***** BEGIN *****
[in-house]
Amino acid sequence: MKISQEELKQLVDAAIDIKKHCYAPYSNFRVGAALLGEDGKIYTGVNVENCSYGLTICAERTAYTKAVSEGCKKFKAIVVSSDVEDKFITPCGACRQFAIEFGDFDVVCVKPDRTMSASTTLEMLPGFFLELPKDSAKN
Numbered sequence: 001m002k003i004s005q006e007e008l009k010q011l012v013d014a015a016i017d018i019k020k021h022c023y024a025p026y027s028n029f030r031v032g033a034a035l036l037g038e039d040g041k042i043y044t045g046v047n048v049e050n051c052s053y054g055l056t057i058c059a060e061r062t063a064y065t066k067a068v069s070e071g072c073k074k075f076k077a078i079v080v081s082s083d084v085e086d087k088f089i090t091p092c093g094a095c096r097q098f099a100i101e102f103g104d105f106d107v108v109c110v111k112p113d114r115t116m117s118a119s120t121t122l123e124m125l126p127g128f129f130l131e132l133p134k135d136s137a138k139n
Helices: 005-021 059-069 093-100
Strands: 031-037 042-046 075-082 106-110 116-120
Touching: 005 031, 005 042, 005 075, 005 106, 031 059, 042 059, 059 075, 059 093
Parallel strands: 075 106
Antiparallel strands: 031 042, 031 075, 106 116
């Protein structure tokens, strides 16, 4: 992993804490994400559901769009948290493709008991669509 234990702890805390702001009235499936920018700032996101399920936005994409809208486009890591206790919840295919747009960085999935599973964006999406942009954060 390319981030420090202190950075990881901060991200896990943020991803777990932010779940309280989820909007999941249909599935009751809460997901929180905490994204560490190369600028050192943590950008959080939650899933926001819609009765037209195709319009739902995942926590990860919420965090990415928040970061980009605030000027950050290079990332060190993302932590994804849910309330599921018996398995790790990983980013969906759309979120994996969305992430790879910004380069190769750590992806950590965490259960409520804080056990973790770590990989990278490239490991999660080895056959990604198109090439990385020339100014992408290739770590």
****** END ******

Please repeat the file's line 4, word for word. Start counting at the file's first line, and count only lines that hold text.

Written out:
Helices: 005-021 059-069 093-100